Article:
Teen avoids abduction, shares story to keep kids safe

(Provided Photo/WANE)

FORT WAYNE, Ind. (WANE) – Shadari Gardner holds hands with her mom sitting on the couch. She’s still shaken up, but thankful she’s safe.

“I just want all the girls around me to be okay. I don’t want anyone to be hurt,” she said.

“He told me to get in because he wanted to help and I told him that I didn’t need help,” Shadari said. “He said, ‘Just get in!’ and I said, ‘No!’ and he got out of his car and he got me by the arm and it hurt a lot. He pulled me and I

(Provided Photo/WANE)
(Provided Photo/WANE)

yanked back and it hurt my arm. I told him my brothers were on the way and he got back in his car and drove off.”

The 13-year-old was walking home from the laundromat around 7 p.m. Sunday. Her brothers were having trouble carrying their bags and were lagging behind. She was near the Arby’s at Rudisill and Lafayette when a dark car pulled up beside her.

When her brothers caught up, Shadari told them what happened and they went home where their mom, Lakysha Gardner, was making dinner.

“Her face was really red and I could see the tears. It was like ice coming down her cheeks and she dropped everything and walked to me and hugged me and wouldn’t let go,” Lakysha said.

They called police and an officer came to take a report.

“They made her feel safe again. They told her everything was going to be okay, but as a parent I’m worried,” Lakysha said.

A detective is now following up on the case.

“She gave a fairly detailed description of the individual and the car,” Michael Joyner with the Fort Wayne Police Department, said. “We’ll take that information and apply it to the databases to see if anyone with the physical description drives that vehicle and see if there’s a match.”

Shadari said her attacker was an African American with a beard, about 5’9″ to 6′ tall with a slender build and was wearing dirty tan khakis and a black Northface zip-up. He was driving a small dark-colored two-door car.

“I was really scared at the moment. Usually my mom would tell me to get the license plate number and I couldn’t because I was crying so much and he drove off really fast,” Shadari said.

Shadari said lessons from her mom helped her get out of the terrifying situation.

“We all have this plan when we are outside and if strangers come up, we’re not allowed to talk to strangers,” she said.

Her mom also taught them to pay close attention to their surroundings.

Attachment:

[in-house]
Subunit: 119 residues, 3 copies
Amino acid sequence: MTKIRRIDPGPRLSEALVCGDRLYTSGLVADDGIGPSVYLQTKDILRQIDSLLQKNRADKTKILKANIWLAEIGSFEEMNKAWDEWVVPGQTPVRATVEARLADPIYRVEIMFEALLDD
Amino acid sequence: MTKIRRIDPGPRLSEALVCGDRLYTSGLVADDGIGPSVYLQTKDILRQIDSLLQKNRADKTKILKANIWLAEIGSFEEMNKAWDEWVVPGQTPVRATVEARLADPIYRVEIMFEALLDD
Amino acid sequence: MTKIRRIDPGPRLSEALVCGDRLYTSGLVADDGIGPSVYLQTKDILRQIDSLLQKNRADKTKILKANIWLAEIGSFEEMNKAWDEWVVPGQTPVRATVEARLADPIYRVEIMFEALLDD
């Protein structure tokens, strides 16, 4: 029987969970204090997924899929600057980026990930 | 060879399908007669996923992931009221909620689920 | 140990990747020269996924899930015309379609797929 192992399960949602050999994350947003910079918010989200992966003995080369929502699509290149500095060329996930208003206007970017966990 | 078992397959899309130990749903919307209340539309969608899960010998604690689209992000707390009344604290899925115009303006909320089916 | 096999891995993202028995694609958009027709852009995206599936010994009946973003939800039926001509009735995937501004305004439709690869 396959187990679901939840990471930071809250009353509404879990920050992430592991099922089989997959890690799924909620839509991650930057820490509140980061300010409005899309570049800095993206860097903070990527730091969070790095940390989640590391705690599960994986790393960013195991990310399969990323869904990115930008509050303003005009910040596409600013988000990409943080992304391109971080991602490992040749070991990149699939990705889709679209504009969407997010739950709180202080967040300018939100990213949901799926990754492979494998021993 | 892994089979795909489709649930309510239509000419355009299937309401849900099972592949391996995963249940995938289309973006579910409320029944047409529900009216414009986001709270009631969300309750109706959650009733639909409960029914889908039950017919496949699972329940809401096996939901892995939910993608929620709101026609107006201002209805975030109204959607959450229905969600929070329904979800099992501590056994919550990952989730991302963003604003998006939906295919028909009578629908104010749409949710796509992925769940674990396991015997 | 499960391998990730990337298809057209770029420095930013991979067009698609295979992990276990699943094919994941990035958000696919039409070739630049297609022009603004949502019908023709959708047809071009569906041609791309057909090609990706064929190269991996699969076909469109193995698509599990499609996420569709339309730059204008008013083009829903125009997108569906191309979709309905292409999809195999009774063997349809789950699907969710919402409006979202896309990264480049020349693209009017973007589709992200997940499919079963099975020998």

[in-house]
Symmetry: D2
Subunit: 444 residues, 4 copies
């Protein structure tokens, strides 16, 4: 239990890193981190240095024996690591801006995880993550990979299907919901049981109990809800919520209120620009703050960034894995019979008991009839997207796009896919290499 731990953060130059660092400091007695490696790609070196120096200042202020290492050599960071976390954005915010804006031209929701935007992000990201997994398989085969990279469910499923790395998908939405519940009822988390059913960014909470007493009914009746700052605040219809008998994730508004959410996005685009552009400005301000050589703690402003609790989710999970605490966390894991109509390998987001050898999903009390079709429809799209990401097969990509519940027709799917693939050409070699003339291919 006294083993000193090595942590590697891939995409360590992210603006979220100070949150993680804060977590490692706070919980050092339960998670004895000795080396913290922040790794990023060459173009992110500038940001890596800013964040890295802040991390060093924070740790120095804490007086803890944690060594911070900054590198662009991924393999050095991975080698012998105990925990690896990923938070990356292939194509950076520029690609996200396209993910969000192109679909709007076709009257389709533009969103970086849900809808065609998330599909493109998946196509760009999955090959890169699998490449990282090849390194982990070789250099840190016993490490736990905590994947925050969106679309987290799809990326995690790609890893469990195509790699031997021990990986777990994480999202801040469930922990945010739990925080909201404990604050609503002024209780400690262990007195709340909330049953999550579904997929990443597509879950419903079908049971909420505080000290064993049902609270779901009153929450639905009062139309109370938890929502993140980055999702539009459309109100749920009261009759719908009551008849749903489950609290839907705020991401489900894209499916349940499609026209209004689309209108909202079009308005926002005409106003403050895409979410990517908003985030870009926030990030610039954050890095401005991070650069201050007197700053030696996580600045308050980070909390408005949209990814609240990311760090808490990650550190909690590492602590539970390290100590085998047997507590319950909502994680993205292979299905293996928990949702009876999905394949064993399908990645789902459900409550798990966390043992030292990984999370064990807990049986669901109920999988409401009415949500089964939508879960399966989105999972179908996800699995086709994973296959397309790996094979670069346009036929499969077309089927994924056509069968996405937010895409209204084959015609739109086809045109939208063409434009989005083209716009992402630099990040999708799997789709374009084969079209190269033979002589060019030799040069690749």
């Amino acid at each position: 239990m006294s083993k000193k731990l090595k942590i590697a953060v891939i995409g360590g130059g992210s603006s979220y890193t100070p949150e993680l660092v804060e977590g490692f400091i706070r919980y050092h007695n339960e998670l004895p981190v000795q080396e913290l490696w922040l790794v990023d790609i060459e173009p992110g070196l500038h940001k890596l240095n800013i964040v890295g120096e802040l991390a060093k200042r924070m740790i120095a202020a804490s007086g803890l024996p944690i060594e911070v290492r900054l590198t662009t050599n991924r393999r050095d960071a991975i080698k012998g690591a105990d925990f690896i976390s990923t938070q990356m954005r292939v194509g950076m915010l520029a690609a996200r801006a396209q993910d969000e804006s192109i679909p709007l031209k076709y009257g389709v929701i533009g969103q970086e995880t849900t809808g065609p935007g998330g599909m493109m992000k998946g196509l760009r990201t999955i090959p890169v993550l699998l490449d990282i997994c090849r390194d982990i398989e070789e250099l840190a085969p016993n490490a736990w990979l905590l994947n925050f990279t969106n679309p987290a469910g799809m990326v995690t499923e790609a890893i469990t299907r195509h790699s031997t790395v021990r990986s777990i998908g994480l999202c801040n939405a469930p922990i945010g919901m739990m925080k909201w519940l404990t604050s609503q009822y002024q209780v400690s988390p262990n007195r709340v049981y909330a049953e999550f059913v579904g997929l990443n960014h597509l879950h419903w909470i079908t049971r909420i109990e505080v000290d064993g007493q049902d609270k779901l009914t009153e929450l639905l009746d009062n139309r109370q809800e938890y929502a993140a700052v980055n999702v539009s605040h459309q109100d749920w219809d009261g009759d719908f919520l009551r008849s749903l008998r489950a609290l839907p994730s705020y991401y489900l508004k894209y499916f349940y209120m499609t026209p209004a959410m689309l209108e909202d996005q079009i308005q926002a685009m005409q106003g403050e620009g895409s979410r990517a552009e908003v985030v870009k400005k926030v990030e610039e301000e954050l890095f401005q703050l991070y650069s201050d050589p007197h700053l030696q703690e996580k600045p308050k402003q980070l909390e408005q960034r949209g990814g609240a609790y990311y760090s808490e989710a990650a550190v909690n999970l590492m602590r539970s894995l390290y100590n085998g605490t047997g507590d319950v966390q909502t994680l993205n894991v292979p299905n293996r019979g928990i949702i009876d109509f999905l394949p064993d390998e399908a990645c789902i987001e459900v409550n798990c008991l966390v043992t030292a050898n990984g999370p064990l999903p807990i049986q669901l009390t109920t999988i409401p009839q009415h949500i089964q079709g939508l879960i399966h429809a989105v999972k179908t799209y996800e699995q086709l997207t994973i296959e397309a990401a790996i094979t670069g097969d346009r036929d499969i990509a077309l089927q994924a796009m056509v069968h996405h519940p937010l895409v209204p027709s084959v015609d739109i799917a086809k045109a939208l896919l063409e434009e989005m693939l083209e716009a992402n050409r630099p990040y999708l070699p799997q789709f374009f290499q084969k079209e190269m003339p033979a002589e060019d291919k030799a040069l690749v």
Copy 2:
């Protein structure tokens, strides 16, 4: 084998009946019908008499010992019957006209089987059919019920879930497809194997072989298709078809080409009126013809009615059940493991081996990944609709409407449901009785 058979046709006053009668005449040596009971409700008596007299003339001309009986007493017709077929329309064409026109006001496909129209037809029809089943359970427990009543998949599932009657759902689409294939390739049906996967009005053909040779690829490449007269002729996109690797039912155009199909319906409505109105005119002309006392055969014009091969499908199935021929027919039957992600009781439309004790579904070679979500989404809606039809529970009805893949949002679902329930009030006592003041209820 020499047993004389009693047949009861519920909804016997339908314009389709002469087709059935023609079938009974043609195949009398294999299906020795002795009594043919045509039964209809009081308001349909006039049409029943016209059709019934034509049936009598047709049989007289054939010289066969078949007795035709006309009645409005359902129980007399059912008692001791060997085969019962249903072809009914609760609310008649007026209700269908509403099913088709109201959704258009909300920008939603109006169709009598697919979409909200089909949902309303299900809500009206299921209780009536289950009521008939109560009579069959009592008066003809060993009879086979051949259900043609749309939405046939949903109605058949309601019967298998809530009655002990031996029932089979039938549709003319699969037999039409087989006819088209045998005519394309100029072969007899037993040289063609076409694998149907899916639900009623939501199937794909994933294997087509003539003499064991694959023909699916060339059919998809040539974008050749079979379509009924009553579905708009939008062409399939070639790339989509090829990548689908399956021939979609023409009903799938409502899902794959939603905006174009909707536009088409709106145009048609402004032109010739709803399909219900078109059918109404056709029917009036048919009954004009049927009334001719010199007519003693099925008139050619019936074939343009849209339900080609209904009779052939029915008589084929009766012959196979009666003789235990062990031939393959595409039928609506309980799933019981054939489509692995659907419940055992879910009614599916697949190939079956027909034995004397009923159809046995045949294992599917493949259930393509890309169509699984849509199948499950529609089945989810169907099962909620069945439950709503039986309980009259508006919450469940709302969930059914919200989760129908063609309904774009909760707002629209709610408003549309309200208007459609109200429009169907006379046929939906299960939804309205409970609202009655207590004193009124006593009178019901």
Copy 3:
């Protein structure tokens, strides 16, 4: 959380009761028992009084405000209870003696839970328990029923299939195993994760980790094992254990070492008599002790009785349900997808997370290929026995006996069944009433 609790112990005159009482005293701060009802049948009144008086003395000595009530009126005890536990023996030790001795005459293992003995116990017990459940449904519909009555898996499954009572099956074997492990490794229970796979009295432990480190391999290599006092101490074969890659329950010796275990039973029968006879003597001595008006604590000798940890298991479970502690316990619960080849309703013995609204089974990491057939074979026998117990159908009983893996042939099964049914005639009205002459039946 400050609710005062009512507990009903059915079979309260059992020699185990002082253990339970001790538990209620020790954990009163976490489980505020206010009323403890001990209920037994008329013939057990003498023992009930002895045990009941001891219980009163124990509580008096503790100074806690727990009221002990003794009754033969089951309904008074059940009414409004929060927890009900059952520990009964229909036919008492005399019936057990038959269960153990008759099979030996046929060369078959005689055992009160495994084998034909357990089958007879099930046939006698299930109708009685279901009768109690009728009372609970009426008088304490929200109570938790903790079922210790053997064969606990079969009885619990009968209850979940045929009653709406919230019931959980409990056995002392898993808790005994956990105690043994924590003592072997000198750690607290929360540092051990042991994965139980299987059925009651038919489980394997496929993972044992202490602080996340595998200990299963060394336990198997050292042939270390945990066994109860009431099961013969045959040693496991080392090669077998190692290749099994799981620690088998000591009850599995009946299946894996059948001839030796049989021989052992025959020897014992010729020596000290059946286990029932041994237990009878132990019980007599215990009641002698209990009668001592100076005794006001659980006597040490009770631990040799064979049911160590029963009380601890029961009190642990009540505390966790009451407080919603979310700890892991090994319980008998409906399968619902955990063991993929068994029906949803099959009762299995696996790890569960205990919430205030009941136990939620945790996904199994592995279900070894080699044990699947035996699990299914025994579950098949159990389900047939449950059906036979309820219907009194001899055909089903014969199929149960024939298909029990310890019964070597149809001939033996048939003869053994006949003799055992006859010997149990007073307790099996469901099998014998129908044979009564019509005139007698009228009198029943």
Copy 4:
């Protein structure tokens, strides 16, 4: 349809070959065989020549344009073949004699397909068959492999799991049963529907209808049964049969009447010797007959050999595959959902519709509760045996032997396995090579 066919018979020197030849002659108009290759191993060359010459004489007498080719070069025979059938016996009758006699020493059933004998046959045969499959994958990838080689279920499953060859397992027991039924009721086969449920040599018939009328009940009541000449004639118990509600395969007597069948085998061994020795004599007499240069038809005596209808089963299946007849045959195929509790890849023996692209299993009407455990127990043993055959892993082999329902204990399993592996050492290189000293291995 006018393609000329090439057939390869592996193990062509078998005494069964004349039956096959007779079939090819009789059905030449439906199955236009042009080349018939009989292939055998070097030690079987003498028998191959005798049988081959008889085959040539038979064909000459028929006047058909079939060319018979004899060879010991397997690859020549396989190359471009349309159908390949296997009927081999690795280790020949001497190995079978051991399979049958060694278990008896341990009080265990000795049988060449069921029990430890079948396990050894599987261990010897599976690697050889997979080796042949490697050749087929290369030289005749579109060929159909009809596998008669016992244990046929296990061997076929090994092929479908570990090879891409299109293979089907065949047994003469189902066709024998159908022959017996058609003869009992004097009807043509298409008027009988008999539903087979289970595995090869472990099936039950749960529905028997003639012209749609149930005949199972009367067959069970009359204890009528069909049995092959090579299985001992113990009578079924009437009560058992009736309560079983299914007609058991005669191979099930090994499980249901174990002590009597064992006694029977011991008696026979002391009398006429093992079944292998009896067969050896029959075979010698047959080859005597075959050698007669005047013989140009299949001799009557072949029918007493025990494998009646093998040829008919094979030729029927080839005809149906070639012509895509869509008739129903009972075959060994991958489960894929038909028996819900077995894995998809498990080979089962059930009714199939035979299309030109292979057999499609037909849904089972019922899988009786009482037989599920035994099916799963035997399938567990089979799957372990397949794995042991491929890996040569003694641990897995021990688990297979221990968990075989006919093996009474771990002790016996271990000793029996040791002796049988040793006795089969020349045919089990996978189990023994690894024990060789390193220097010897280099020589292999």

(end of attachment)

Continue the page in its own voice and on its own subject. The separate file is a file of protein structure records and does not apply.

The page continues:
“Notice everything. Look at everything around you. You never know when you can break free from this and try to figure out everything. Just the littlest thing, even a smell, might help,” Lakysha said.

Shadari also hopes her story will help other kids stay safe too.

“If you’re not safe and smart, you could be abducted,” she said.

Whenever possible, children should walk in pairs or groups. There is safety in numbers. Police added that while incidents like this don’t happen a lot in Fort Wayne, parents have an obligation to prepare their children by actually running a scenario and acting it out with them.

“These are stressful events and if you think a child will remember this one time, you’re wrong. Practice it. Practice it. Practice it,” Joyner said.

The following are instructions from the Fort Wayne Police Department:

Act like a stranger and see how your children react. Teach them the proper way to respond. Kids should:

  • Run away
  • Yell loudly
  • Say exactly what is happening
    • “Help! This is not my Dad!”
    • “Help! This is not my Mom!”
    • “Help! I’m being kidnapped!”
    • “Help! Call the police!”
  • If children just scream, people may think they are throwing a temper tantrum. The more you practice the better your children will be as responding to difficult situations.

Talk to your children about safety practices on a daily basis. Children do not put the same emphasis on suspicious activity as adults. Asking them direct questions (Did you talk to anyone new today?) may bring suspicious acts to light. If they report anything suspicious, call the nearest local law enforcement agency.

Teach your children to be good witnesses and try to remember as many details as possible:

  • License plate number and state
  • Color of vehicle
  • Body style (2 door, 4 door, wagon, etc.)
  • Location and direction of travel
  • Description of occupants
  • Race
  • Gender
  • Clothing (hat, jacket, shirt, pants, shoes, etc.)
  • Facial features:
    • Hair color
    • Hair length
    • Mustache, beard
    • Glasses
    • Scars
    • Tattoos
    • Missing Teeth
  • Height
  • Weight
  • Location and direction of travel

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